At Greenpeace, our hearts go out to all those affected by the floods in Queensland, Australia - ongoing in regional areas and cities now for months, but today sweeping through Queensland's capital city and my hometown, Brisbane.
The floods 'of biblical proportions' have been a tragedy for all those who have lost family members or their homes. I've been on the phone to my loved ones frequently in the last few days, checking that they are ok and feeling useless, unable to help from so far away. The floods have also been a disaster for farmers, for small-business owners, for Queensland's tourist industry and for (somewhat ironically) Queensland's epic coal-mining industry. The economic damage and repair costs are expected to top AU$13 billion.
As a former Brisbanite myself, the stories, videos and images coming from Queensland - via the official news, but also from my Facebook and twitter friends - has been heart-wrenching. I've seen the renowned cafe street in Rosalie near my old house go under, and icons of the 'river city' - restaurants, pontoons, boats - being wrenched from their moorings, sinking and floating out to sea.
But stories of the community have also been heartwarming and inspiring - neighbours are banding together to support and help each other. Strangers are helping the elderly to move themselves and their furniture to higher ground. Residents who are dry on the hills are taking in friends and family in low-lying suburbs which are expected to remain underwater until into the weekend.
Scientists are now cautiously describing a link between the climate change and an exaggerated La Nina event of the La Nina-El Nino cycle, which has always been a fixture of Australian weather patterns. While is it always impossible to say that any specific weather event has been 'caused by climate change', there is a clear indication that in a warming world, such weather extremes will become more common and severe.
Australia truly is "a land of drought and flooding rains". It's amazing to think that only two years ago, when I was a campaigner on water issues in Brisbane, the city was in the grip of a deep water shortage, brought on by many years of extended El Nino drought. The government had implemented a strong system of water-use restrictions, introduced water-recycling schemes and ran hugely successful public education efforts on the need to save water. Residents were warned that if it didn't rain in the next 6-8 months, the city would be out of drinkable sources - researchers were even investigating seemingly crazy plans for floating massive bags of fresh water down the East Australian Current from the tropical north of the state. Now, the tables have completely switched - dams are all overflowing, at more than 200 percent capacity. Check out the interactive graph of South-East Queensland dam levels at the bottom of this page.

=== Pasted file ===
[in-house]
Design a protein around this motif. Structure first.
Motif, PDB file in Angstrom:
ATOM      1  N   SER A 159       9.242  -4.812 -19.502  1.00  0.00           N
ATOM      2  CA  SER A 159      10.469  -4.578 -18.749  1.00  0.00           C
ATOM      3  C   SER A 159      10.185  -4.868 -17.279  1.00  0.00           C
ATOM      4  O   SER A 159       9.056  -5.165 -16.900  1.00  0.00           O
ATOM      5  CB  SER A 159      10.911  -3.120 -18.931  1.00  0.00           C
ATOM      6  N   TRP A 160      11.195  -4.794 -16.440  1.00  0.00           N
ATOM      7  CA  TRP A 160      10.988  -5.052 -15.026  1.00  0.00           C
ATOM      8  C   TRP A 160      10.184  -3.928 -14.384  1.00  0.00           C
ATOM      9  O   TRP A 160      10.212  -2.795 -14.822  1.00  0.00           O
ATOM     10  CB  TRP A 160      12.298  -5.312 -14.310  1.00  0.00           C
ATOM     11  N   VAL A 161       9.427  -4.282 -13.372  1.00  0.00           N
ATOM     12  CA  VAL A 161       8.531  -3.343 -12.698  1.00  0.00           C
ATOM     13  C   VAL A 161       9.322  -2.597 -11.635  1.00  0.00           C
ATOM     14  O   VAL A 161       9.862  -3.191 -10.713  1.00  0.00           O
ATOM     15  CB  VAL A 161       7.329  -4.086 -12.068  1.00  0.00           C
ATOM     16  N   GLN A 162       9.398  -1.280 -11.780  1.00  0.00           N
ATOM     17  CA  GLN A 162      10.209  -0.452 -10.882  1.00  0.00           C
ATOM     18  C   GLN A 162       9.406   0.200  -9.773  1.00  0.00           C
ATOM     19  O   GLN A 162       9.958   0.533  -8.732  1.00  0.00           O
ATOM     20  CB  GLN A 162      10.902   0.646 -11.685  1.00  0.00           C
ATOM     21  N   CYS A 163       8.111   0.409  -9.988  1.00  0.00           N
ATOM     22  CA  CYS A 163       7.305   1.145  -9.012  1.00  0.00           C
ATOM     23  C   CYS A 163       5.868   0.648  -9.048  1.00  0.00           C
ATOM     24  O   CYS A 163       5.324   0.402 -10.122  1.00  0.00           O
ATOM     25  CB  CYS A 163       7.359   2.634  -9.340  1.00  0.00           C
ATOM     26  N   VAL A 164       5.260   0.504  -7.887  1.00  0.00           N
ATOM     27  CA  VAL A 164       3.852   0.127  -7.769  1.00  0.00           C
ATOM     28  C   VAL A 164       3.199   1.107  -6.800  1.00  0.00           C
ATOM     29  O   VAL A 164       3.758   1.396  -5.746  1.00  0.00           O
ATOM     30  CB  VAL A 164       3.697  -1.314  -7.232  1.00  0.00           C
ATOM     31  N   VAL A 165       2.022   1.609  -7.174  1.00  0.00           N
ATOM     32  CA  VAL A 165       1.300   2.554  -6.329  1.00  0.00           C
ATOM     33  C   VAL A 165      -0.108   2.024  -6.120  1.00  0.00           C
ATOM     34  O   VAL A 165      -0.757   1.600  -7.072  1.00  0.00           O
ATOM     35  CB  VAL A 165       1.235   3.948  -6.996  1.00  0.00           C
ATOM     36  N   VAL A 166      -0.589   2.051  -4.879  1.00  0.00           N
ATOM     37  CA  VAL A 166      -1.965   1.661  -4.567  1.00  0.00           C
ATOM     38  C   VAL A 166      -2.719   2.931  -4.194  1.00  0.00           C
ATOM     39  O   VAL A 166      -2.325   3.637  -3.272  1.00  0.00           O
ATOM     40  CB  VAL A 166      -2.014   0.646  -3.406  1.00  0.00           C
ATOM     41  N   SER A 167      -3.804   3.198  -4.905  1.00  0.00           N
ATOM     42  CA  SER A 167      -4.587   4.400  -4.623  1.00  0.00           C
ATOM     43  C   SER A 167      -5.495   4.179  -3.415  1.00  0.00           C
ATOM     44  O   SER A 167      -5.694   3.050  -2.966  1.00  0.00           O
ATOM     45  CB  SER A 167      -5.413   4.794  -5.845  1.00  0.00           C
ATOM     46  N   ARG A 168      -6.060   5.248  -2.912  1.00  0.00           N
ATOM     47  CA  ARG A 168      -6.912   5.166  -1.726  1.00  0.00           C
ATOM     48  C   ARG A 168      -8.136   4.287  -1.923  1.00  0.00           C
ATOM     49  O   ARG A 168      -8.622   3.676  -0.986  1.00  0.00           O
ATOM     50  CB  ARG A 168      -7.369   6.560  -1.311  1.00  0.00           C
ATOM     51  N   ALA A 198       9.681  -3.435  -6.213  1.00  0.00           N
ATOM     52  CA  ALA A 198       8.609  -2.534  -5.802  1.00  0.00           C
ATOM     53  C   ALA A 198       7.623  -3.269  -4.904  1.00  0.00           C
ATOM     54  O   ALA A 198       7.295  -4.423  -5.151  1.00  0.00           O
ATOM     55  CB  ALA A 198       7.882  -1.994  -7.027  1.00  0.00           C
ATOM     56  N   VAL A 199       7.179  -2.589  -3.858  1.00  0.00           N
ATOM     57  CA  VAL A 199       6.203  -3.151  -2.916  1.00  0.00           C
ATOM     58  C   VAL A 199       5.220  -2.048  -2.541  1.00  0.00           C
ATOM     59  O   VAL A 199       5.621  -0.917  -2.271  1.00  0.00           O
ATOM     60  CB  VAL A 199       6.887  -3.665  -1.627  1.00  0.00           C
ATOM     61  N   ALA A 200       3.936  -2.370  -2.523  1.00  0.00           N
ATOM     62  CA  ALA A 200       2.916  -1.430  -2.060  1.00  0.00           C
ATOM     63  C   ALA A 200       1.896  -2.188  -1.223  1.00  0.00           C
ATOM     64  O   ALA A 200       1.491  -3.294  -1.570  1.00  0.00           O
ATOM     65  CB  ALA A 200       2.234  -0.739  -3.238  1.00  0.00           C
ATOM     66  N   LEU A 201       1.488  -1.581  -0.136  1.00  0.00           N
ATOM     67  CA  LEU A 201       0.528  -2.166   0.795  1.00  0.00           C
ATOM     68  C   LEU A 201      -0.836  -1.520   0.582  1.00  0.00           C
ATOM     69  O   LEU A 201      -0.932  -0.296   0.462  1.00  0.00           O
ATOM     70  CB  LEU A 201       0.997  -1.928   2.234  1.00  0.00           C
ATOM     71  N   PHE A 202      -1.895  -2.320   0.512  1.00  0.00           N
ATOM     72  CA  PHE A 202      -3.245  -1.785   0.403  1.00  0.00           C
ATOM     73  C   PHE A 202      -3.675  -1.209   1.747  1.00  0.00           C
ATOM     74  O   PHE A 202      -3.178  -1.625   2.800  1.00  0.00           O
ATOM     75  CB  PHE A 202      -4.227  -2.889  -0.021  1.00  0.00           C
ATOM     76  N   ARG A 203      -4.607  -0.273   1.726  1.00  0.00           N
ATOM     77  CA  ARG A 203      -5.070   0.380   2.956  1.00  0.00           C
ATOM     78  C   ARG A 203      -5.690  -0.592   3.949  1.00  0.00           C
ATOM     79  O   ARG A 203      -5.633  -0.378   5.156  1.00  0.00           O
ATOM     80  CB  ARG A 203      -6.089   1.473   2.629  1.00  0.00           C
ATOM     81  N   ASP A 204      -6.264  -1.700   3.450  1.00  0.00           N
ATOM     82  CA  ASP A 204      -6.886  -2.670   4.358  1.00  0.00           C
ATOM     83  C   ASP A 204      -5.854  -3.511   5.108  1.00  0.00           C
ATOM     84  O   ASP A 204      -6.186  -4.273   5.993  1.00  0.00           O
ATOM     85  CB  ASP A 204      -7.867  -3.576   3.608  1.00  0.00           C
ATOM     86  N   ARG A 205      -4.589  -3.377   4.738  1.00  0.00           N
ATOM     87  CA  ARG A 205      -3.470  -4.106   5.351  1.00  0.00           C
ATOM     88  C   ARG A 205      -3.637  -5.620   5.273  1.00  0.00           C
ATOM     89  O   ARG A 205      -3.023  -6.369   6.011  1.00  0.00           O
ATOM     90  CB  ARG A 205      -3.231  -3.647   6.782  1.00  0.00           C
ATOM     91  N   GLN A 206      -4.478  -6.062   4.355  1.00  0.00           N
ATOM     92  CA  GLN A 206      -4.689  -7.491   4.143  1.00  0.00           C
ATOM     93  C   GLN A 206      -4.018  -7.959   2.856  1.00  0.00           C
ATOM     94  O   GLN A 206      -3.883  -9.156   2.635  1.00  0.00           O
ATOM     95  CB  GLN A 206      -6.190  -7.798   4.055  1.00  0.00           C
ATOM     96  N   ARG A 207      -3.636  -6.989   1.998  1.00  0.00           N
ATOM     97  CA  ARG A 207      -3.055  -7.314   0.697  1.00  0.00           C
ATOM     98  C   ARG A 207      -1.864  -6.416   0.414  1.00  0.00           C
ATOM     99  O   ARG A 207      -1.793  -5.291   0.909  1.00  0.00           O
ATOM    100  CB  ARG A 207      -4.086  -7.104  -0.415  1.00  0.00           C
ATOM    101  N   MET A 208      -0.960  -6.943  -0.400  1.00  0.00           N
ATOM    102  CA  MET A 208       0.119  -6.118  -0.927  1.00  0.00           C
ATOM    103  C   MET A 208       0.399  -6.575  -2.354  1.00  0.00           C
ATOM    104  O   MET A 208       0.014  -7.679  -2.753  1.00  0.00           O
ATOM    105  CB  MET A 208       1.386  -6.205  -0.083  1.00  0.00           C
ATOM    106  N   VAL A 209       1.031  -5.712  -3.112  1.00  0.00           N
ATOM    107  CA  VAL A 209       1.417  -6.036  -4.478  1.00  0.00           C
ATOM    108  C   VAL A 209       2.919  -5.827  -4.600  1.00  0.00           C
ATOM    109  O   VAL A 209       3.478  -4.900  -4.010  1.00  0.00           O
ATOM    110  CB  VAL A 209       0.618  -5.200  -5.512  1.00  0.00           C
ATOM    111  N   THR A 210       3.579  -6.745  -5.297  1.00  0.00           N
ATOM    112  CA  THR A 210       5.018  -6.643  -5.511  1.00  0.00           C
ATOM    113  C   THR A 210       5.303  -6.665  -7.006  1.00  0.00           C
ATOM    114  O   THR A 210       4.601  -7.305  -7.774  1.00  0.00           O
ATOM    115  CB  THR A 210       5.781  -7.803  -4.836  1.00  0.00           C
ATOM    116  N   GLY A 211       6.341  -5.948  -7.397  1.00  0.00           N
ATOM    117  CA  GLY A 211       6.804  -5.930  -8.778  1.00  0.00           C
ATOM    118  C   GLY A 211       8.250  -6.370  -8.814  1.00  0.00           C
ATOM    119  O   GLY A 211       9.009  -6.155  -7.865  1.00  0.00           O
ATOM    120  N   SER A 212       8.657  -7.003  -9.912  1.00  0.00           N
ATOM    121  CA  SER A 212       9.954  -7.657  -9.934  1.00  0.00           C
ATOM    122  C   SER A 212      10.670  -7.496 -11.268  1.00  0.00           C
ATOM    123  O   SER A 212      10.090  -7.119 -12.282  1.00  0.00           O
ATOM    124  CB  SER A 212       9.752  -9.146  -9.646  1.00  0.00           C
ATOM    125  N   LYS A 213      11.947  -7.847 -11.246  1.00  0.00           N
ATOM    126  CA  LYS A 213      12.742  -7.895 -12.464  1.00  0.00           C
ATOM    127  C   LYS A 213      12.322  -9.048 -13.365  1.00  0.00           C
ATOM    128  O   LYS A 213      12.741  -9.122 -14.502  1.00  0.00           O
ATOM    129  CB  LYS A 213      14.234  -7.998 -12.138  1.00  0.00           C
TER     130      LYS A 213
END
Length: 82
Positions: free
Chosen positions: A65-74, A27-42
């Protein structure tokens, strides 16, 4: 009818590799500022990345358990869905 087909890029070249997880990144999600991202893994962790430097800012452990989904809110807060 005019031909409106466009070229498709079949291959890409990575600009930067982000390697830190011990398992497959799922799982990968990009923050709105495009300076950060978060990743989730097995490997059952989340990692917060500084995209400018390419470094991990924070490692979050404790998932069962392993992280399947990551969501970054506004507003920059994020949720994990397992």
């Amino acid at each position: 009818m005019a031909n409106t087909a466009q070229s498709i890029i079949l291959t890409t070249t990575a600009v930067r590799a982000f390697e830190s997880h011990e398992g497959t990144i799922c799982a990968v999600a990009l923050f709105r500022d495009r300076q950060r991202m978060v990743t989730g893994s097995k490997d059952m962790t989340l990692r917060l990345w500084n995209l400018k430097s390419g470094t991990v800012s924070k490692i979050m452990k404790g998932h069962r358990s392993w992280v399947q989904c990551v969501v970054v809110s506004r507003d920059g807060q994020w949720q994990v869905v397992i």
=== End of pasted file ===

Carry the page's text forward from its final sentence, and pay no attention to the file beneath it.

Greenpeace is not a disaster-response organization, but we have a broad supporter base, and a responsibility to to reach out and inform our members. We are campaigning for solutions to climate change so that disasters like the Queensland floods - and the floods happening now in Sri Lanka, or last year's devastating floods in Pakistan - do not become an even more common part of our children's future.
Anna Keenan is a climate campaigner with Greenpeace International in Amsterdam, originally from Brisbane, Australia. She was relieved this morning to hear from a friend who had been missing for a week in the flooded area.
Photo by Sunrise on Seven on flickr.